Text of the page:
Anyway, my larger POV is that just like for mortals, planar creatures can shift alignment. The difference is that when a planar creature shifts alignment, they're literally changing the very essence of what they are, and are evolving or changing into something else.

I'm of the opinion that yes, redeemed demons and devils do exist, but that celestials probably do their best to hide that info (or perhaps they just don't talk about it because a creature's past is irrelevant to them).
 

MechaTarrasque

Adventurer
One other thing to think of is that conjure celestial has the limitation that "It obeys any verbal commands that you issue to it (no action required by you), as long as they don’t violate its alignment." So if you are an evil cleric (or bard), it isn't very useful unless you have fallen celestials to fill the position.

Summon greater demon and summon lesser demon don't have as flexible rules. Therefore there is less need for ascended demons, because a good caster wouldn't get any advantage from summoning them.

Infernal calling is in between; it has "It obeys the command if the likely outcome is in accordance with its desires, especially if the result would draw you toward evil." Arguably an ascended devil could work with good PC's "in accordance with its desires", but you would also have to deal with "especially if the result would draw you toward evil." Besides, unless you specifically called an ascended devil, would you really trust a devil that acted "good"? It is probably a trick.....
 

I ran a Planescape adventure where a deva was teaching a group of lesser devils that their souls were not beyond redemption, and that through acts of sacrifice in the name of good, they could escape the Nine Hells. This involved the creation of a planar pathway called the Steep Ascent connecting the Nine Hells to Mount Celestia.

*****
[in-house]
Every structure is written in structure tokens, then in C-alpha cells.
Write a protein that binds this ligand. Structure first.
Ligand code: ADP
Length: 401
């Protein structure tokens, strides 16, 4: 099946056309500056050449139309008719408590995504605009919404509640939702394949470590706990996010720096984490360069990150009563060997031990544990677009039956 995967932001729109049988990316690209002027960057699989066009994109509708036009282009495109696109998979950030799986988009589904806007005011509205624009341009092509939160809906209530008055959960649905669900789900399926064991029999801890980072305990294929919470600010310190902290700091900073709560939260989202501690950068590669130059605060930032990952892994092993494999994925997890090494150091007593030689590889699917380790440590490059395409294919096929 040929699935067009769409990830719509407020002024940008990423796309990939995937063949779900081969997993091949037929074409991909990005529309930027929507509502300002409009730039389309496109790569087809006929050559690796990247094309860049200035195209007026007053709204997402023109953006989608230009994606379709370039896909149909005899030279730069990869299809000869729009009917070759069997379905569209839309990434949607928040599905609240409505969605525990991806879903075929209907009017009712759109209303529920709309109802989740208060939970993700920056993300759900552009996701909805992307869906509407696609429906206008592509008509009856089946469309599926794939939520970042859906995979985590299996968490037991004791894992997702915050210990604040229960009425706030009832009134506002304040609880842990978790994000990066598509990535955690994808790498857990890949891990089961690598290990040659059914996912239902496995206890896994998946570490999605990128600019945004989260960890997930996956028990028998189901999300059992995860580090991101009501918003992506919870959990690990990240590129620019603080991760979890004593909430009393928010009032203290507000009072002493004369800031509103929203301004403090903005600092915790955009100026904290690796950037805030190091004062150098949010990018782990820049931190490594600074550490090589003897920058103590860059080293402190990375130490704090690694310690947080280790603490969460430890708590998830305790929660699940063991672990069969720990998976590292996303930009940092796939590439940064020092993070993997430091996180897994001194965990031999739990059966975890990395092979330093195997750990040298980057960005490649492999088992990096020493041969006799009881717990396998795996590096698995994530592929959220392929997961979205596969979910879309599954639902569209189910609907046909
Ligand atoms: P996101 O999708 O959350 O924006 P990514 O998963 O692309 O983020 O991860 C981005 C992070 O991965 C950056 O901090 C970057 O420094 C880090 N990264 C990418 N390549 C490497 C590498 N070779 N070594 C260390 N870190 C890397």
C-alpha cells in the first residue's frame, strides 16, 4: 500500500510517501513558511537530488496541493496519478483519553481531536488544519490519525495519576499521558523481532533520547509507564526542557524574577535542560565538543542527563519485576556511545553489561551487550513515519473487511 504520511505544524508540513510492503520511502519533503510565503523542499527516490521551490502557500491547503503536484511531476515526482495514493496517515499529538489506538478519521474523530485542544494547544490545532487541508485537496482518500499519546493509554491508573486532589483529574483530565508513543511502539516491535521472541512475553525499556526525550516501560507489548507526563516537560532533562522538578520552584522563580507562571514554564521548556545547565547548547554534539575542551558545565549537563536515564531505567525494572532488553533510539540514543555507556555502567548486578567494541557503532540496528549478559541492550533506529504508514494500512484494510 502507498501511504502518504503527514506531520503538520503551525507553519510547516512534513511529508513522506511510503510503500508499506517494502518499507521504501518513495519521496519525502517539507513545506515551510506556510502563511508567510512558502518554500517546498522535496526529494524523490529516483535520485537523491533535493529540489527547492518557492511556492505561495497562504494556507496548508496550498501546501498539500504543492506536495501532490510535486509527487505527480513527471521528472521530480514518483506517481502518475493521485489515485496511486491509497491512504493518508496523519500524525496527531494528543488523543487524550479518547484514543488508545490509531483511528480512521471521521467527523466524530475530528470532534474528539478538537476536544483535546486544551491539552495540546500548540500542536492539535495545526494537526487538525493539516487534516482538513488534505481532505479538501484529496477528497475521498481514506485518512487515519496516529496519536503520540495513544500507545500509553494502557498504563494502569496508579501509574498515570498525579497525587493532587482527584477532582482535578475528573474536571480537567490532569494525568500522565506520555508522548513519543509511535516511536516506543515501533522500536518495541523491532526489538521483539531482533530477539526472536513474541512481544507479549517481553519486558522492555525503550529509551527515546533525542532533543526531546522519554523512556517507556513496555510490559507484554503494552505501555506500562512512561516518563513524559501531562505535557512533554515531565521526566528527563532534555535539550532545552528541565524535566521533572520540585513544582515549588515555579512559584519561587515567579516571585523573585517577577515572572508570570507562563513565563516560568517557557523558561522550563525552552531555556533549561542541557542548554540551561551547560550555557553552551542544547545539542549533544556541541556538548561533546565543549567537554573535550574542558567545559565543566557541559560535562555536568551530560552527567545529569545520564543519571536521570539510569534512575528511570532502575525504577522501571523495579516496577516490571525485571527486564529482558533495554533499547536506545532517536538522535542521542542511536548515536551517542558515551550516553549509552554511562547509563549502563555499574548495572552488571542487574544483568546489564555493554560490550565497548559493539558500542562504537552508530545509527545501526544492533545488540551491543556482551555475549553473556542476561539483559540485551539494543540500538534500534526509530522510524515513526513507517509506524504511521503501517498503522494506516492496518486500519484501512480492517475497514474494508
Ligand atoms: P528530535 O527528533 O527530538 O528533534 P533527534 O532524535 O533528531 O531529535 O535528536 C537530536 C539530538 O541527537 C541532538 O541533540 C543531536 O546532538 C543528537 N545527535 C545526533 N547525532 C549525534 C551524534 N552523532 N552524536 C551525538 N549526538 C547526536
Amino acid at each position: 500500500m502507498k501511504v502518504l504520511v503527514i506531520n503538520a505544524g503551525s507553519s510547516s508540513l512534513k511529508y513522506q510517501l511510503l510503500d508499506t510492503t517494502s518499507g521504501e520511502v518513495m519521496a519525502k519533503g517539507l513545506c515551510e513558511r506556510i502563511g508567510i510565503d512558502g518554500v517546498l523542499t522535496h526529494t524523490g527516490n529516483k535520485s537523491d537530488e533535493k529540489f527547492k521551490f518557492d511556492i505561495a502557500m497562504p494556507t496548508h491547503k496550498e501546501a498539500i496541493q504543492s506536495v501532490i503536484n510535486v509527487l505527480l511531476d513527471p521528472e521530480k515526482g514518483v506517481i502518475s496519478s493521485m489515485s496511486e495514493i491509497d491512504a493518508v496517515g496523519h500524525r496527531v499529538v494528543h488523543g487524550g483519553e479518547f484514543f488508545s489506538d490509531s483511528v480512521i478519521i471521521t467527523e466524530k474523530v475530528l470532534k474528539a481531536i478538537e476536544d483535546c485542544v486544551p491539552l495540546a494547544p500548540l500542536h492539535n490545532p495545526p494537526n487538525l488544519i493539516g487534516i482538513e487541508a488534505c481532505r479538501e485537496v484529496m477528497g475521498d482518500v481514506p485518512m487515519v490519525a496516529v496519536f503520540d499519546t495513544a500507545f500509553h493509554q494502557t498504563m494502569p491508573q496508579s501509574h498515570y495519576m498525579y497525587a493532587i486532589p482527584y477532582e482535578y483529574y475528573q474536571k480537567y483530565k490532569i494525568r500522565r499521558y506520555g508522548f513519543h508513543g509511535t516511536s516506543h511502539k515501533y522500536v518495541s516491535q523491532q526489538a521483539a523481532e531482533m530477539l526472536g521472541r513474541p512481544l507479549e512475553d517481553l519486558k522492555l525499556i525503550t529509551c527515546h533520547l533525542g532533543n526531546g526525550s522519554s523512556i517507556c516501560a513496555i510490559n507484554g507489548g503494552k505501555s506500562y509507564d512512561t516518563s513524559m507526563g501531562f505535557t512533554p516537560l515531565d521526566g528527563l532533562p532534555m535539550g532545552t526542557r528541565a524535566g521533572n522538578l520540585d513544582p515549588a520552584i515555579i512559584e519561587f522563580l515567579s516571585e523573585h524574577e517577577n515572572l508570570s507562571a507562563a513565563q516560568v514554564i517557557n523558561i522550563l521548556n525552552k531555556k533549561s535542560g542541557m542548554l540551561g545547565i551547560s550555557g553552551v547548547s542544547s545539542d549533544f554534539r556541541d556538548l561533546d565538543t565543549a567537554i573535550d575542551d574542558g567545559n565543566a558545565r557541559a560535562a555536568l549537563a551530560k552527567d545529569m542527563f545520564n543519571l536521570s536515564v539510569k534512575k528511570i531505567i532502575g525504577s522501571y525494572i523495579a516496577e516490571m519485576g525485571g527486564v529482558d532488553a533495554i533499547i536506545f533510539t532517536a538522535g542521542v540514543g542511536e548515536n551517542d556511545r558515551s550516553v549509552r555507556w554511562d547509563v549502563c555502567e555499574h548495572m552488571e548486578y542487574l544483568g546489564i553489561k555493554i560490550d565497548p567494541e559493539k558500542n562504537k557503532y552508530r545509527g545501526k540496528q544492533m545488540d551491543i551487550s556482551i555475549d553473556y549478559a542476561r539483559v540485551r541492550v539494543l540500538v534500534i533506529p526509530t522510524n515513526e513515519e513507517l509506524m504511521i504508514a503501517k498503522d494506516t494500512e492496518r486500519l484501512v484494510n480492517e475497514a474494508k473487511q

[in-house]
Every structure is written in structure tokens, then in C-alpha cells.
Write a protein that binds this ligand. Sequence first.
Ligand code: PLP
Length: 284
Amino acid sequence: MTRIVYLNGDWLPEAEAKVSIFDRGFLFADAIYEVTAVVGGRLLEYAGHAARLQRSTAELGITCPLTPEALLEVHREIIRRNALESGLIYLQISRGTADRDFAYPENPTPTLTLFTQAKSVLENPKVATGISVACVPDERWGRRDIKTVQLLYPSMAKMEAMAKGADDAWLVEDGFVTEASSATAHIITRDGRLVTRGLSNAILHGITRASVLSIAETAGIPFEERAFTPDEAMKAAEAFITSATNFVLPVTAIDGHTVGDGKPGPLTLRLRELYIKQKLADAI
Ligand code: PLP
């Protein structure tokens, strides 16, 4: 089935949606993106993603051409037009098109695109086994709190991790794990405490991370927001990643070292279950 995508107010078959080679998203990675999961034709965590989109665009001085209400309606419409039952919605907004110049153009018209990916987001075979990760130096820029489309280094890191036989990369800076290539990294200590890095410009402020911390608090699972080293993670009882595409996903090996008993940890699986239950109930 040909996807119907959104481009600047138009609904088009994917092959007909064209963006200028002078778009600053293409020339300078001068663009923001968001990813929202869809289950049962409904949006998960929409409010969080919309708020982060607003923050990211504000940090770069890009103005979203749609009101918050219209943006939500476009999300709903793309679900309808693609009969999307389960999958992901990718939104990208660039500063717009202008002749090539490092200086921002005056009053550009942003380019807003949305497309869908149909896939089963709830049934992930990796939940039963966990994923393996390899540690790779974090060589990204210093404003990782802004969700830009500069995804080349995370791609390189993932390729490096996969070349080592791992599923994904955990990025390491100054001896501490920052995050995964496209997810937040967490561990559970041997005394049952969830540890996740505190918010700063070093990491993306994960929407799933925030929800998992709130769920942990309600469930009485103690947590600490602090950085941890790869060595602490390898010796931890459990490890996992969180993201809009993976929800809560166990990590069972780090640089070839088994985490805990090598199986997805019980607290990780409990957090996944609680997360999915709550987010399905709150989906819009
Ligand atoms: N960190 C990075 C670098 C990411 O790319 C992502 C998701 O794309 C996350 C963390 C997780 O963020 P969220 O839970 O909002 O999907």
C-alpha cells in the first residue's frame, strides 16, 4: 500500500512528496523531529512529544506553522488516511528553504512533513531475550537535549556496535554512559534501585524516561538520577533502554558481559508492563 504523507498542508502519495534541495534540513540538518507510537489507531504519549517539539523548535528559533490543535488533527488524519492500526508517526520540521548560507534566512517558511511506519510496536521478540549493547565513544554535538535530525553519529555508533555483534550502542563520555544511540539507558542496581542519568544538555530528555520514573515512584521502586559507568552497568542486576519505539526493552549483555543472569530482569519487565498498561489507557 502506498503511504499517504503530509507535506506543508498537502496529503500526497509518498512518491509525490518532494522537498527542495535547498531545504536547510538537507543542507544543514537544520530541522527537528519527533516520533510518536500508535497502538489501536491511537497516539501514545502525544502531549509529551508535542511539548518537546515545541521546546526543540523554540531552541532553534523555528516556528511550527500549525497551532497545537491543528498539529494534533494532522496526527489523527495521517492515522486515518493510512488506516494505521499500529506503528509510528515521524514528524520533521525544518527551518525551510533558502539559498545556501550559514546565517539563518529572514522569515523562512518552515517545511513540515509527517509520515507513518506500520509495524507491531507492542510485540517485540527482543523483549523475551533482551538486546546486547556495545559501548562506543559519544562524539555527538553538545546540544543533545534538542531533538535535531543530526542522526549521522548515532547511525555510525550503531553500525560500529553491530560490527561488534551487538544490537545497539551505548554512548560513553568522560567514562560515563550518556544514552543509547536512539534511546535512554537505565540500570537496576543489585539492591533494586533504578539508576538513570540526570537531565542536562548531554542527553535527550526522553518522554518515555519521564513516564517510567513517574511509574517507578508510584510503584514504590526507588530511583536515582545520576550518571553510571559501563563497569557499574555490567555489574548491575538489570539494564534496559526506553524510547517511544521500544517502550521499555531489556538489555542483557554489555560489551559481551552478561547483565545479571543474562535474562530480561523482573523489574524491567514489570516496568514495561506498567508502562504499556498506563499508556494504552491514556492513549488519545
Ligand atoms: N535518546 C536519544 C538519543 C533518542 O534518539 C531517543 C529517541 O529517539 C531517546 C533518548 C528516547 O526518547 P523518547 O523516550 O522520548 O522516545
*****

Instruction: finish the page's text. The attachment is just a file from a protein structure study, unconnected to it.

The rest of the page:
The devils struggled and were unable to grasp the essential concept of altruism – they could not conceive of a person being motivated by care for another's welfare and well-being. Basically, I leaned hard into exploring the philosophy of "enlightened self-interest" and the "tragedy of the commons." The question become if a devil thinks "I will not steal/kill/betray because if I steal/kill/betray then others may steal/kill/betray me and the creation of a thieving/murderous/treacherous society will likely hurt me", does that make the devil good?

I let my players answer. Their answer was "no, it doesn't, good demands more above and beyond fear of personal loss or maintaining the status quo." They confronted the deva, cast down the erinyes that was manipulating him, destroyed the Steep Ascent, and brought the deva back to Mount Celestia where he was tried and imprisoned. They were regaled as heroes, and there was no hope for devils to be redeemed (though the players would have said "there never was hope – they already baked their bread").
 

The issue is a very basic one: in real-world human experience, it is harder to be good than it is to be bad.